The other piece TBBK set aside on its balance sheet as a discontinued operation.
It took TBBK two full years to provide real color on the relative toxicity of the two pieces. Even this was buried at the end of a press release announcing its 4Q16 results in February 2017. The Bancorp finally disclosed how toxic unconsolidated Walnut Street LLC portfolio was relative to what was kept on the books.
Furthermore, GAAP allows The Bancorp to value the two portfolios differently. For the portfolio still on its books, TBBK uses mark-to-market accounting with quarterly updates. The accounting is entirely different with the off-balance sheet Walnut Street LLC.
The LLC itself uses mark-to-market accounting internally per GAAP. But because the LLC is unconsolidated and overwhelming financed by notes taken back by The Bancorp, TBBK uses note valuation based on cash flow to account for the LLC’s portion of the loan portfolio. This gives them more of a cushion in accounting for changes in loan performance.
Below is our spreadsheet comparing the markdown of the two portfolios. A more extensive comparison of the two portfolios can be found of in our 2016 paper “The Bancorp: ‘An Extend and Pretend’ Loan Operation That Will Never End”.
The Bancorp has a history of late accounting for losses on its discontinued loan portfolios. In 2016, TBBK P&L took a series of material hits to its P&L totalling $77.2 Million.
While the bank does not name the specific loans associated with markdowns / note write-offs, we believe that a majority of the $77.2 Million came from two loans where the borrowers eventually declared bankruptcy:
- $30 Million loan – The Schuylkill Mall in Frackville, PA in 2Q16
- $42.2 Million loan – The Fashion Square Mall in Orlando, FL in 4Q16
We believe that the majority of a 2Q16 markdown / note write-off of $31 Million came from Schuylkill Mall loan. It was first significant loss the bank recognized since the bank first announced the discontinuation of commercial lending operations on October 30, 2014.
During the 2Q16 Conference Call, one analyst quipped, “.. maybe you guys ripped the Band-Aid off this quarter..” and went on to say he was unsure whether these losses were a one-time event or the beginning of a more forthright examination of the valuations of these troubled loan portfolios.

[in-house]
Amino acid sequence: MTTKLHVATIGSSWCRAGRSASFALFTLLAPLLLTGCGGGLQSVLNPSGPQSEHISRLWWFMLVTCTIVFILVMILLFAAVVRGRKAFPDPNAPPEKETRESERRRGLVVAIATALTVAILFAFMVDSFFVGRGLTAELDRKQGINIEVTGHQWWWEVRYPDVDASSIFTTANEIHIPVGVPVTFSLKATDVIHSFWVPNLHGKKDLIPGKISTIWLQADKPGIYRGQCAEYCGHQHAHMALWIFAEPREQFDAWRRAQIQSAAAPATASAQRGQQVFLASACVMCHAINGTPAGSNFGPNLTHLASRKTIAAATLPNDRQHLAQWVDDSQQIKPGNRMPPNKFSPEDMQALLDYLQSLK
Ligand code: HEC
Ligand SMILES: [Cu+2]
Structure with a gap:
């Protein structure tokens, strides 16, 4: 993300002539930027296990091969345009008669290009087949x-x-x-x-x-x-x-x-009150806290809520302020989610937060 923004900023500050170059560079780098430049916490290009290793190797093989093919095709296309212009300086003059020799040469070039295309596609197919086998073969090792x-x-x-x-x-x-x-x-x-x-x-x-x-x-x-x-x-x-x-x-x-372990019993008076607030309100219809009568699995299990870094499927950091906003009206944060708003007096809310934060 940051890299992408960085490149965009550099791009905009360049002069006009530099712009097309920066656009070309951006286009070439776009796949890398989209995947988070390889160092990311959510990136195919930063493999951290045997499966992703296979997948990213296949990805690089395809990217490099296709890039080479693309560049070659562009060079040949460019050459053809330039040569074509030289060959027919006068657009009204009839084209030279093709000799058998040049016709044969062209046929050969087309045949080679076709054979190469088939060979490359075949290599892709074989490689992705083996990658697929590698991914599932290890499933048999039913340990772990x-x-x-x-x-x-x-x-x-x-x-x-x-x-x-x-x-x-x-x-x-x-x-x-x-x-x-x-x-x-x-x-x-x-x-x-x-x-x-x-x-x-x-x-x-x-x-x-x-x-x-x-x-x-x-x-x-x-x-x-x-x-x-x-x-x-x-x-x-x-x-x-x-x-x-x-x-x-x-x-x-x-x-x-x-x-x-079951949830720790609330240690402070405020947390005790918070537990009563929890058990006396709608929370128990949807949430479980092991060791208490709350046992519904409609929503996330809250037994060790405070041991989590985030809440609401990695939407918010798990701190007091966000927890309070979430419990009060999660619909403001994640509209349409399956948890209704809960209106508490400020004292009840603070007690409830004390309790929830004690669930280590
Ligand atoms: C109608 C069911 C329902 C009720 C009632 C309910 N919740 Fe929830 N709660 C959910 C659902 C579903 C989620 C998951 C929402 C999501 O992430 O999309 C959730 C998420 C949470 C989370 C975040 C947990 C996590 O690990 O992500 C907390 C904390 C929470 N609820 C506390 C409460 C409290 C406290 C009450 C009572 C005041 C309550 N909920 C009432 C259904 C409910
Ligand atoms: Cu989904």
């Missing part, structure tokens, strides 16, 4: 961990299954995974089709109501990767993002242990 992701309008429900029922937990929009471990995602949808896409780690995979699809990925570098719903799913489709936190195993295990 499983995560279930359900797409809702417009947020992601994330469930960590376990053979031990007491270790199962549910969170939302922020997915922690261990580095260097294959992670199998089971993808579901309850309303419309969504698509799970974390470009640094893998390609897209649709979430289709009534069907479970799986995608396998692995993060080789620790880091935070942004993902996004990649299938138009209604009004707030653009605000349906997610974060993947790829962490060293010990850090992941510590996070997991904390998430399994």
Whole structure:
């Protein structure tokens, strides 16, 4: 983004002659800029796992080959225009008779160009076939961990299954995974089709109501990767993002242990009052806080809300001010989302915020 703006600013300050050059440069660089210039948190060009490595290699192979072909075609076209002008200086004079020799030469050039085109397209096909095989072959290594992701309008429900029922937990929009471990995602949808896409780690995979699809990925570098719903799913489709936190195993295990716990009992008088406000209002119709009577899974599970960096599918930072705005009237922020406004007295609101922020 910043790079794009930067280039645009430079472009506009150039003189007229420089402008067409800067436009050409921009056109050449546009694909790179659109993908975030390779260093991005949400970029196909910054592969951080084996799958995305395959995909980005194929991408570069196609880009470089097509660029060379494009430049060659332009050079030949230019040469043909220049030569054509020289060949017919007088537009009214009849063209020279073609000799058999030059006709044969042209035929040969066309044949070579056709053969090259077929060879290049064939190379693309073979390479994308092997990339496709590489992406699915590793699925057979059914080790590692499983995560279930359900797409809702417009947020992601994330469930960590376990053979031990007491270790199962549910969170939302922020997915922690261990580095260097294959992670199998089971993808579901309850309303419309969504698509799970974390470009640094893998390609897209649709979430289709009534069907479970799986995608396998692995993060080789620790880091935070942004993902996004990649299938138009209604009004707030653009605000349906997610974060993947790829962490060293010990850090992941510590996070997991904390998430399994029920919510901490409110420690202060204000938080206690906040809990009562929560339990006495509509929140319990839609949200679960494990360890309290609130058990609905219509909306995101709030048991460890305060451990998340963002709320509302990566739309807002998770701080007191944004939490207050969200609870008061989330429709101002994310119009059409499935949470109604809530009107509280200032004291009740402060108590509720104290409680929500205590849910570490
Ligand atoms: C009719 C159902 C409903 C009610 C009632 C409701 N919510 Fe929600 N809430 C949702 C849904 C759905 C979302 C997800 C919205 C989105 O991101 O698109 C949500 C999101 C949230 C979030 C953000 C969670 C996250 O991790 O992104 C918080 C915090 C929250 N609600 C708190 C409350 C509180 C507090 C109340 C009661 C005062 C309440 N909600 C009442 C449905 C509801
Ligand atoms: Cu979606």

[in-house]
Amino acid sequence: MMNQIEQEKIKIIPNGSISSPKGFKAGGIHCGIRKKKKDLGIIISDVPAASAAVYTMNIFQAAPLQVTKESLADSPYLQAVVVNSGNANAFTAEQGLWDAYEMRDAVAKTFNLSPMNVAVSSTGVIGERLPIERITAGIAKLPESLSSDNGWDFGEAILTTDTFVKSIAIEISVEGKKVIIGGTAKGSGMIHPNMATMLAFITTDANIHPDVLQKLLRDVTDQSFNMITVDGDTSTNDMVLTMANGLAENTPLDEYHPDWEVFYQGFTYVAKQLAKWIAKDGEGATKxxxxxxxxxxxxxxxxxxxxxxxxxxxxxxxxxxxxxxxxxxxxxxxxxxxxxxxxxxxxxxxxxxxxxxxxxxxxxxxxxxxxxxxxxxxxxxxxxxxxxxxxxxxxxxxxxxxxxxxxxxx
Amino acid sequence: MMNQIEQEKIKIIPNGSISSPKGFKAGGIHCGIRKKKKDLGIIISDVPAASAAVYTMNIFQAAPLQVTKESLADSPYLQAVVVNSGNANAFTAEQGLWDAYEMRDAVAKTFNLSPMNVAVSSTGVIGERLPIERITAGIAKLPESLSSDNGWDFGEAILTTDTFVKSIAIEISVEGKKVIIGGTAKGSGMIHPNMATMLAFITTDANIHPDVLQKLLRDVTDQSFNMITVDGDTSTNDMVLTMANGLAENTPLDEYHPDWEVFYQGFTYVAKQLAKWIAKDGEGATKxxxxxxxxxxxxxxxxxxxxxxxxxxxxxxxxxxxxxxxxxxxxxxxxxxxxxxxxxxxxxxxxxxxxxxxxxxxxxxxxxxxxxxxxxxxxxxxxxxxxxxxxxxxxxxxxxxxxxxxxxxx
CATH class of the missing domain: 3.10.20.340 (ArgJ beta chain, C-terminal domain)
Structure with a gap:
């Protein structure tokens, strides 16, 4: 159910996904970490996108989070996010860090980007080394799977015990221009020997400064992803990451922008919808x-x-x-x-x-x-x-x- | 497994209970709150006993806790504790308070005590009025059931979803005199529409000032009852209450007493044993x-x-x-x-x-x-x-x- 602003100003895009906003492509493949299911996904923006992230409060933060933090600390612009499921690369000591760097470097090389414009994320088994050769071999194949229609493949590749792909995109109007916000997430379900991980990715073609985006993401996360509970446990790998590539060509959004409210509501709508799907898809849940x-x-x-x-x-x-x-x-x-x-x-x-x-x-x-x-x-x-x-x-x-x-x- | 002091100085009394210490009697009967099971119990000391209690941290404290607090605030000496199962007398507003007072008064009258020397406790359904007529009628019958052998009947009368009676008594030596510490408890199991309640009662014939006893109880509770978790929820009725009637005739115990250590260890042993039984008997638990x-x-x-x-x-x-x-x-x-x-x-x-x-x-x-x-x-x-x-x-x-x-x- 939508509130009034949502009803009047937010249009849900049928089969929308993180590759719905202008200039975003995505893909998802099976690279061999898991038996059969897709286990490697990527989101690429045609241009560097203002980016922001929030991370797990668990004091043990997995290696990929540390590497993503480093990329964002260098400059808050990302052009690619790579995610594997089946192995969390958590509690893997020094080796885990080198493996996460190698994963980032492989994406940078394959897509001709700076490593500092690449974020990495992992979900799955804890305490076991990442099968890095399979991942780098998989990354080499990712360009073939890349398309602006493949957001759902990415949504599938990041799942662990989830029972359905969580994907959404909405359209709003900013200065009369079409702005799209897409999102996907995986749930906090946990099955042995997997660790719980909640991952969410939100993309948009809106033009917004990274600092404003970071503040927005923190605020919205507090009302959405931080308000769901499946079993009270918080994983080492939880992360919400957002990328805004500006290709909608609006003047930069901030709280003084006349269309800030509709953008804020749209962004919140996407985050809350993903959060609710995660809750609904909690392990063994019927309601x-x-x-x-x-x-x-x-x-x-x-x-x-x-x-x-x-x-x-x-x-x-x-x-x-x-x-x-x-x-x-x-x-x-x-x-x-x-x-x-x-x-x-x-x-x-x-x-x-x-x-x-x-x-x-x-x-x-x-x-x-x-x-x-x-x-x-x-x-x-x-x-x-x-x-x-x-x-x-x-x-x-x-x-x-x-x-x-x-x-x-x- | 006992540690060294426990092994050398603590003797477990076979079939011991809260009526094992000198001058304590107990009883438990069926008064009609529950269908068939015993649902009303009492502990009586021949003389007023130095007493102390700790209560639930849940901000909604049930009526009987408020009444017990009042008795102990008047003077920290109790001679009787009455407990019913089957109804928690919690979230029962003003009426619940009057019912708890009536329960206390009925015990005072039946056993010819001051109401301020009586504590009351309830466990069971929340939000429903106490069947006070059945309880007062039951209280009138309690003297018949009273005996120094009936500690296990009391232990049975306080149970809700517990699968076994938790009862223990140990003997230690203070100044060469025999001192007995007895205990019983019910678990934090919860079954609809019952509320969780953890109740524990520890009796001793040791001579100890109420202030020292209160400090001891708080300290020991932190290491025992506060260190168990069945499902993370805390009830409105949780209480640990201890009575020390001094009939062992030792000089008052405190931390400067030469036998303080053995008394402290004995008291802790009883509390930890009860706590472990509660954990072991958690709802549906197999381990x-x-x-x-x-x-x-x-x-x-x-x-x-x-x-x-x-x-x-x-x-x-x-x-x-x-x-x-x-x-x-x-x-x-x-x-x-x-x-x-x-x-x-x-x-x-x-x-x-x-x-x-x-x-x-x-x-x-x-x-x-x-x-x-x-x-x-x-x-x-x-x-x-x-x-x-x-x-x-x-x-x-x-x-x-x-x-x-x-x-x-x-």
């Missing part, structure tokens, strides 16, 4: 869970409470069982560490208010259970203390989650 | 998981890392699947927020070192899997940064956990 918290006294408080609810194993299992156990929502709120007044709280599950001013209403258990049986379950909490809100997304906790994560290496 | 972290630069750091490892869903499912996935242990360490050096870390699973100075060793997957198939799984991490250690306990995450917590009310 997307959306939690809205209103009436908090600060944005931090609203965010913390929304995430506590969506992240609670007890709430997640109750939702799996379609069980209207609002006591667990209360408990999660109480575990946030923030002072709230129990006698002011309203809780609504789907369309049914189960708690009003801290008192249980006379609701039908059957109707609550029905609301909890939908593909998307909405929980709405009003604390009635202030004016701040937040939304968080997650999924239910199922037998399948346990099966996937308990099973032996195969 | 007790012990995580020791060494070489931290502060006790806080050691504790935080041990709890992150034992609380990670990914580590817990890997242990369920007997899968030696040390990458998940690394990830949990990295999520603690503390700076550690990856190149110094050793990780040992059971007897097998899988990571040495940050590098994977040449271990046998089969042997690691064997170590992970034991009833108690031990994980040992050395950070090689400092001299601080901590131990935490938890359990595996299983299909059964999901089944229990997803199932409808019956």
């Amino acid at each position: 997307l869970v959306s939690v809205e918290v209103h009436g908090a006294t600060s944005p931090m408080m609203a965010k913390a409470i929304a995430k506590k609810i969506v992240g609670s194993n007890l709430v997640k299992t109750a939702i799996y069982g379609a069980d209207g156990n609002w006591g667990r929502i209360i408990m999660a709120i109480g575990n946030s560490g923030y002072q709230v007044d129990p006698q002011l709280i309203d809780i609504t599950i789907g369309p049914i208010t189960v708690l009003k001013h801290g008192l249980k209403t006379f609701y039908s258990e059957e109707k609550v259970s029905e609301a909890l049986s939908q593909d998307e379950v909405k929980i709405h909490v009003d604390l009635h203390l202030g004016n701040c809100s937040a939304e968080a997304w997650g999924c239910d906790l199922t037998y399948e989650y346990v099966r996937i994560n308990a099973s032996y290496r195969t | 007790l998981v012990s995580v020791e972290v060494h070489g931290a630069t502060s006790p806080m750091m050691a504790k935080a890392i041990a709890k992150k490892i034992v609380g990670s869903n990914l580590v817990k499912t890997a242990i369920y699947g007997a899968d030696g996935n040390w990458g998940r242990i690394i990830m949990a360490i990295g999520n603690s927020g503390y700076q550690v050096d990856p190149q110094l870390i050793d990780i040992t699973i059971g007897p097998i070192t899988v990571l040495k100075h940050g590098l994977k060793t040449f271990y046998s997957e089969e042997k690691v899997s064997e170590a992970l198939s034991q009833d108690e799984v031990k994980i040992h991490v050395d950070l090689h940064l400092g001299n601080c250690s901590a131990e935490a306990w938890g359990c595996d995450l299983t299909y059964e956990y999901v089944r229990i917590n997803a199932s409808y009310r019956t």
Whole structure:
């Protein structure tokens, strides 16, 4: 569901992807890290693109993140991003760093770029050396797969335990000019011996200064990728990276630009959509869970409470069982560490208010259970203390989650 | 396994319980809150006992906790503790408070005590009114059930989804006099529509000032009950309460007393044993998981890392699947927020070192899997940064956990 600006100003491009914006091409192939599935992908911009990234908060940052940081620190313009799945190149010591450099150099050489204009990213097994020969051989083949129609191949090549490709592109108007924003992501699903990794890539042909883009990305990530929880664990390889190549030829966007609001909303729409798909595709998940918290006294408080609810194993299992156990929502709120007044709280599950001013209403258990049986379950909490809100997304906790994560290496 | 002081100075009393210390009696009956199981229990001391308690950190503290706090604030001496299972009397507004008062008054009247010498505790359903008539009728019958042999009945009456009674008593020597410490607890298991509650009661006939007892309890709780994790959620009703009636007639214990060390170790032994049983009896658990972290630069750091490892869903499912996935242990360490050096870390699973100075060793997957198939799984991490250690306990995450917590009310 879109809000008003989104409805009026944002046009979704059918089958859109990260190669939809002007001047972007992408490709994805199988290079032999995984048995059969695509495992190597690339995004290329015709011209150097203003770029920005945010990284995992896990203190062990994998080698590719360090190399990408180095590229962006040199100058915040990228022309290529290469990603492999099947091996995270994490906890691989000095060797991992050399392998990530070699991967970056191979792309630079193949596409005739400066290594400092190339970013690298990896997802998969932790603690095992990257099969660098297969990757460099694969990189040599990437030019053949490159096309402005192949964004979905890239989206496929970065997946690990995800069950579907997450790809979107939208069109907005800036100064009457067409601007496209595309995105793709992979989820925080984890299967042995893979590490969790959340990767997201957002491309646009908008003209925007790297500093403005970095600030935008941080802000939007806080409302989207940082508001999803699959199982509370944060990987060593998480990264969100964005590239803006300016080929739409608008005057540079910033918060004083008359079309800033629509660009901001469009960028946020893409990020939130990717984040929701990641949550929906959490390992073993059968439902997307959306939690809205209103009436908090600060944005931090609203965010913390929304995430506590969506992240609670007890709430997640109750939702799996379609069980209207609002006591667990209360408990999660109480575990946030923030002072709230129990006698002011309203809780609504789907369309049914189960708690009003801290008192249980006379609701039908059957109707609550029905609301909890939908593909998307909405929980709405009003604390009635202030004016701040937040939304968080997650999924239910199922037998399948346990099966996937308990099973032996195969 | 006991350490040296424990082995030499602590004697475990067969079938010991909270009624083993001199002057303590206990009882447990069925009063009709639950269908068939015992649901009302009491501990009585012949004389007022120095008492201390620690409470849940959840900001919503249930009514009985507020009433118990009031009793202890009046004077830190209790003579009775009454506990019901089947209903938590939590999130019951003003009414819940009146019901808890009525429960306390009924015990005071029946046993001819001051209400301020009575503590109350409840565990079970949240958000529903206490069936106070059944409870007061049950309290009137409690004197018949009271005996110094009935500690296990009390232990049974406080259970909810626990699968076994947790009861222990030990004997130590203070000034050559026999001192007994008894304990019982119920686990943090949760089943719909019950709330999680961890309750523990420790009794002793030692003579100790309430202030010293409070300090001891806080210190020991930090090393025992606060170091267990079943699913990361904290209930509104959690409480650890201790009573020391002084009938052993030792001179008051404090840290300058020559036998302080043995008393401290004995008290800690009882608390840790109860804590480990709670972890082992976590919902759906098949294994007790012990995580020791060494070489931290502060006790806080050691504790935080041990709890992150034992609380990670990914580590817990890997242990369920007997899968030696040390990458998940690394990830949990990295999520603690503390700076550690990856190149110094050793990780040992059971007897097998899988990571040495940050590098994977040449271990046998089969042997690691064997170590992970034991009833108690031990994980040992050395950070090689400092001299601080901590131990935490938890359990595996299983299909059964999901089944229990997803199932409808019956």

The bank’s history of catch-up loan reserve accounting support our belief that the bank will have to make additional mark-down in 1Q18. Even with our estimated 41% markdown already booked on the Las Olas property, we think there will have to be more taken.
To be fair, the Las Olas hotel with its unfinished interior is still salvageable and located on prime waterfront real estate whereas the Schuylkill Mall was not salvageable and torn done in 2018. The Orlando Fashion Mall was located in a prime area, but requires extensive redevelopment as a hotel and office complex.
The figure for the estimated markdown at the time of the default — 41% — comes from the bank’s 4Q16 disclosure on average markdown of loans in its discontinued loan portfolio.
The figure for the additional markdown due to the default and subsequent Chapter 11 bankruptcy — 20% — is consistent with what we think TBBK took after 2016 Schuylkill Mall and the Fashion Square Mall loan defaults, foreclosures and subsequent bankruptcies.
Below is the history of TBBK’s net earnings for the past two years broken down into three components
- Continuing operations less returns from unconsolidated Walnut Street LLC
- Discontinued operations including markdowns
- Returns on notes receivable from the unconsolidated Walnut Street LLC
Based on normal net income from continuing operations in 2016, we estimate 1Q18 net income from continuing operations at $7 Million. Couple that with our estimated $7.4 Million additional markdown of the Las Olas property, we arrive at a $400,000 loss for TBBK in 1Q18.
Wall Street analysts currently are forecasting a profit for TBBK in the neighborhood of $10 Million.
This loss will be the first for TBBK in 4 quarters.
Given the toxicity of the loans remaining, we stand by our 2016 paper title: